It’s also important that you keep all the files in the top level of the SD card, a lot of these files are related to the workings of the Touch Board, so deleting or moving them may affect your board’s functionality.

You will see twelve tracks titled:
TRACK000.mp3
TRACK001.mp3
TRACK002.mp3
up to TRACK011.mp3

These are the files you need to replace to input your own audio. You can create a folder titled “AUDIO GUIDE” to save these files if you want to keep them for future reference.

Step 4

Replacing Audio Tracks

Now, for the bit you’ve been waiting for. Changing the audio tracks on the SD card.

Select the mp3 files that you want to put on the board, and drop them in the top level of your micro SD card. Make sure you’ve already moved the Audio Guide tracks to another folder.

In order for your Touch Board to read the audio tracks, these need to be named:
TRACK000.mp3
TRACK001.mp3
TRACK002.mp3
…up to TRACK011.mp3

TRACK000.mp3 will be for E0
TRACK001.mp3 will be for E1
TRACK003.mp3 will be for E3
and so on….

The tracks I’ve selected are for Electrode E0 and Electrode E10, so I’ve renamed my tracks to TRACK000.mp3 and TRACK010.mp3

As I haven’t put any other tracks, my remaining electrodes will not produce any sound.

Step 5

Re-insert your micro SD Card

Once you’ve re-named all your mp3 files according to the system above, you can eject your micro SD card, and slide it back into your Touch Board.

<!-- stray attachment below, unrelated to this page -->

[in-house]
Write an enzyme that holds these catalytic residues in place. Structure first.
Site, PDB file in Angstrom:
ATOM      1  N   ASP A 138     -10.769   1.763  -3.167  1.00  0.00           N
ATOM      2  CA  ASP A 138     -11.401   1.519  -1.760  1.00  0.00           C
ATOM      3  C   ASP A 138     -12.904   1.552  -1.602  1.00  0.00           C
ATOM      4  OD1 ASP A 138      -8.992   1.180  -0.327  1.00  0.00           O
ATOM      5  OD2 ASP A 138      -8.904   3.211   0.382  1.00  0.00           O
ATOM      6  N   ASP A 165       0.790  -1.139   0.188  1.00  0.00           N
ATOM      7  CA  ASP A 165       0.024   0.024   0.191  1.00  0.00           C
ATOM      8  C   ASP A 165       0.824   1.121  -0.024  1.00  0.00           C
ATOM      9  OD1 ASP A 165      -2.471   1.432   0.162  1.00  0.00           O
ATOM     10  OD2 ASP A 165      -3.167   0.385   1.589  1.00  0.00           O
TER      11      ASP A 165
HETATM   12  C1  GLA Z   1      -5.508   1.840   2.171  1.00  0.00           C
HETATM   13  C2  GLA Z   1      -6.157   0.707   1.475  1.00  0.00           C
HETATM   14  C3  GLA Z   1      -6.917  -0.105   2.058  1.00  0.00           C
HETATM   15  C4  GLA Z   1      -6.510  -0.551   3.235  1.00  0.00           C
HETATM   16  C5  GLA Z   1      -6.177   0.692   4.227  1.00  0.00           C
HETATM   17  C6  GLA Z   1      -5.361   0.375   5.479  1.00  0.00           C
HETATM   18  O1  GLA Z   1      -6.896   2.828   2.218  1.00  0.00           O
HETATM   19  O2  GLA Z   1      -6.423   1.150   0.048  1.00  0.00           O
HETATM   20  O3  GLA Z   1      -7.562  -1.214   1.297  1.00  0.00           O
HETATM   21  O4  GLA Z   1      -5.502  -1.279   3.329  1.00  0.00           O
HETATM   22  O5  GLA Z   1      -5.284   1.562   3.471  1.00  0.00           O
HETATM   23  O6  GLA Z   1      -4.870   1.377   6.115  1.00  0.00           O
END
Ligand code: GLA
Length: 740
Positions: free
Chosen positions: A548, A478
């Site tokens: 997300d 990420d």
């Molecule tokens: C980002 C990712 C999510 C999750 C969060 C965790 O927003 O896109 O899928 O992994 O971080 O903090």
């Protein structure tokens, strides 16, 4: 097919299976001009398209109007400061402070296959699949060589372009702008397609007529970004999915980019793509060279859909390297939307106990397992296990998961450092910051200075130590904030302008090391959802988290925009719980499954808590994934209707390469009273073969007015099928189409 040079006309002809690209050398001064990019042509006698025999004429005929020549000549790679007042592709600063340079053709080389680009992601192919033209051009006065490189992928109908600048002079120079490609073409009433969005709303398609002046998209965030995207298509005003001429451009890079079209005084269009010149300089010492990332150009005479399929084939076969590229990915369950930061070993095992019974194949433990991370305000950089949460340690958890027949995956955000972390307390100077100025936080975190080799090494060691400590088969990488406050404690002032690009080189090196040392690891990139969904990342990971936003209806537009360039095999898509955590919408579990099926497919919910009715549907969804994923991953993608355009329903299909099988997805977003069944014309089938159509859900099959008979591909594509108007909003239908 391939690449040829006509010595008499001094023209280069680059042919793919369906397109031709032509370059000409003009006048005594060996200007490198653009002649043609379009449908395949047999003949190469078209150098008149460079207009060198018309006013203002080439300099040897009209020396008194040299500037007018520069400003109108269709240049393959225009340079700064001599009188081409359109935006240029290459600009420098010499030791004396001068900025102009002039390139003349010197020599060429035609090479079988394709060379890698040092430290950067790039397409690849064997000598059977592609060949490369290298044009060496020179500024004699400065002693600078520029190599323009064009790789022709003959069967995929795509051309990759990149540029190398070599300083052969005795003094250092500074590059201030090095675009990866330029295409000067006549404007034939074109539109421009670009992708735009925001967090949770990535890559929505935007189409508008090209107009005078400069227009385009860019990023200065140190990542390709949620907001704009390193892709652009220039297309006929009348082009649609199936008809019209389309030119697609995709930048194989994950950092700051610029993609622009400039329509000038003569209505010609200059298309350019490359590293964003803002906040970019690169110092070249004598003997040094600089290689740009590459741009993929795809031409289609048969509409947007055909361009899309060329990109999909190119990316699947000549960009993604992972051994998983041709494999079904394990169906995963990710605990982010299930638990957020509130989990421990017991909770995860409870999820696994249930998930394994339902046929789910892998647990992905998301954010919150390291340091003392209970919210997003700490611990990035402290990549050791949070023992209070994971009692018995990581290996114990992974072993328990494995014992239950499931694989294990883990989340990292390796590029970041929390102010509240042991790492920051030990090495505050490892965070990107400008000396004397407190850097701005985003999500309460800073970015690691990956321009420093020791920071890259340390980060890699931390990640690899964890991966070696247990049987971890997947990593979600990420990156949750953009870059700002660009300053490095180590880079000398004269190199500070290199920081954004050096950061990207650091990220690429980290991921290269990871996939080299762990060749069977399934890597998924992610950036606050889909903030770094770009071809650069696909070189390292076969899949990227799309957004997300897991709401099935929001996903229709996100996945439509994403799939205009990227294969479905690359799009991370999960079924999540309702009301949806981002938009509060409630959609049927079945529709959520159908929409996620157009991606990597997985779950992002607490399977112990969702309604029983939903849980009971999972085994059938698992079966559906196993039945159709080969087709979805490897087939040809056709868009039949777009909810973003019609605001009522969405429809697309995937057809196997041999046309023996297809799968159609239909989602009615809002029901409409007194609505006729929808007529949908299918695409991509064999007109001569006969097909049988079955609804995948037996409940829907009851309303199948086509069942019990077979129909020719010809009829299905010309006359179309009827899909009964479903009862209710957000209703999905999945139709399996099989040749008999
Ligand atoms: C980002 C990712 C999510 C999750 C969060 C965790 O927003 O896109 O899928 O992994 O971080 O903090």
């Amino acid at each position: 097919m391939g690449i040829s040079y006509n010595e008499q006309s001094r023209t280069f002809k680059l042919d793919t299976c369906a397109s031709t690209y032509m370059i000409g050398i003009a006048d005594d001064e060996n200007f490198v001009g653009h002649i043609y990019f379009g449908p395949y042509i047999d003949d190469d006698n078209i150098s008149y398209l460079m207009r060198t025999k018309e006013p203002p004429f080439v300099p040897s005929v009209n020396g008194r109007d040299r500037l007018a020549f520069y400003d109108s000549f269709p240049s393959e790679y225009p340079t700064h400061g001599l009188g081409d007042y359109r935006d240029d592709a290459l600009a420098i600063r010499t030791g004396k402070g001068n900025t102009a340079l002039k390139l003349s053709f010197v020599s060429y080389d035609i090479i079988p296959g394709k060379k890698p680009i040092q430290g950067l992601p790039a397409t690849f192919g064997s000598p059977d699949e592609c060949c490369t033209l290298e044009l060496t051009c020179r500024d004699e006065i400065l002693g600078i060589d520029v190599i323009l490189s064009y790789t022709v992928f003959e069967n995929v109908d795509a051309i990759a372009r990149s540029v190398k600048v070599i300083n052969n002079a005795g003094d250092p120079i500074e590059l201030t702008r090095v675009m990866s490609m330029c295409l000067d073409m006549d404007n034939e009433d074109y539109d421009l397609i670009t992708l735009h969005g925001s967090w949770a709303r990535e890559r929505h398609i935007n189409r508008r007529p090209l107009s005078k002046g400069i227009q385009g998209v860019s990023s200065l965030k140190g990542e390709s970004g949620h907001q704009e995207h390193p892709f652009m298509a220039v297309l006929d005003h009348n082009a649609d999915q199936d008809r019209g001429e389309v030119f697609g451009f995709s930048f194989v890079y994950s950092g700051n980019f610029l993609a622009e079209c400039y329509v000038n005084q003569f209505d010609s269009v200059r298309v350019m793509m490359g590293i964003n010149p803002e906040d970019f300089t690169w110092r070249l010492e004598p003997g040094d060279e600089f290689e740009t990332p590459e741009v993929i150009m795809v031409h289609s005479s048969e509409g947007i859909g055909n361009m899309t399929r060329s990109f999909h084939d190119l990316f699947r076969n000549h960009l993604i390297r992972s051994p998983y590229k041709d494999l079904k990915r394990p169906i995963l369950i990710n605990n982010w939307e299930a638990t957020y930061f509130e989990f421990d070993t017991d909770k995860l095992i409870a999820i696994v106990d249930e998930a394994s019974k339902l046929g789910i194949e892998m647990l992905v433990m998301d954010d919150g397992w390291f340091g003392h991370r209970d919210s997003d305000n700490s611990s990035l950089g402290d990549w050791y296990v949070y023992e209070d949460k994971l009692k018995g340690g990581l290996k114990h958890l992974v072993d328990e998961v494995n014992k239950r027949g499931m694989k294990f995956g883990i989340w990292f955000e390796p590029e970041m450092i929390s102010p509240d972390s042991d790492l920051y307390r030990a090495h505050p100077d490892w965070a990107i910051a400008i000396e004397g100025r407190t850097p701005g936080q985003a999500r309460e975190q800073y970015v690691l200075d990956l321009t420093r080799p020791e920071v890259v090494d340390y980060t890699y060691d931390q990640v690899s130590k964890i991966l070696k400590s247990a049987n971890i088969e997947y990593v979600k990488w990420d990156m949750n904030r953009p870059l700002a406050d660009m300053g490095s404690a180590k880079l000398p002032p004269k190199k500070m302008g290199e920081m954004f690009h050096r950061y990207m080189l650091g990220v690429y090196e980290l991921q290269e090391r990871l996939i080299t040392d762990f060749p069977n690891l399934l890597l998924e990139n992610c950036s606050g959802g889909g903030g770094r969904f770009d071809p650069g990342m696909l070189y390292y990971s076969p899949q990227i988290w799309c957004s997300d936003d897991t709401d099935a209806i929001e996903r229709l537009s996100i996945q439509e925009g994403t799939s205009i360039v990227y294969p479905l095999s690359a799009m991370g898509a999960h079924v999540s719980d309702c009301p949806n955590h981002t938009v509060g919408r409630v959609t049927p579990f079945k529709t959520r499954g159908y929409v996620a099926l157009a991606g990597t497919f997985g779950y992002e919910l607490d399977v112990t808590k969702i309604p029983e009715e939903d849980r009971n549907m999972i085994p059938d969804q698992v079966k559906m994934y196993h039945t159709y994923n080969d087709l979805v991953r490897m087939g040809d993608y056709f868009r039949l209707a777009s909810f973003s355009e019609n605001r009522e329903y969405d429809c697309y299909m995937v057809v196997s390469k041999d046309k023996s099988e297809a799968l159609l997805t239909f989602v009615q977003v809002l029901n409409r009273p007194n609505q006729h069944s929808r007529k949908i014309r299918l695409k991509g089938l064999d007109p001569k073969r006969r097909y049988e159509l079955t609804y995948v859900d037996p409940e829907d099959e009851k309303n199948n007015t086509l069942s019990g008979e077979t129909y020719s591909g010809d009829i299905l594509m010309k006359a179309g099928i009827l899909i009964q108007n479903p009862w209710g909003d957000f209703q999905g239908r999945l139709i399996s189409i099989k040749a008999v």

Step 6

Reset your Touch Board

Once your card is back in your board, press the “Reset” button on the bottom right hand corner. This will make your electrodes re-calibrate.

The orange light at the bottom left hand corner will flash while your Touch Board is resetting. Once it stops flashing you can touch any of the Electrodes you’ve created track for, and hear the sounds you’ve uploaded.

Step 7

Touch an Electrode

Now test one of the sensors. Touch your finger to one of the Electrodes you’ve created a track for and wait to hear the sound.

Success!

Congratulations, now what will you make? We’d love to see. Why not upload your project to our MAKE page, or email your photos to info@bareconductive.com?

Step 8

Cropping your mp3s

If you want to crop your tracks there’s some great free software online that will allow you to do this.

I use Online mp3 Cutter (see link below) when I want to shorten my audio clips.

If you have any other questions check out our FAQ section, or email us at info@bareconductive.com. We’re here to help!

Links

Suggested Tutorials

We designed our board's capacitive sensors to be easy to connect to. Learn how to attach your project.

How to connect to your board’s capacitive sensors

Is your Touch Board too quiet or too loud? You're in the right place learn how to adjust the volume.

Changing the volume on the Touch Board

An A to Z on setting up your Touch Board, changing the sounds, and creating an interactive surface with Electric Paint.

Getting Started with the Touch Board

Categories

Bare Conductive

Instructions

Touch Board

Date Posted

2014/08/27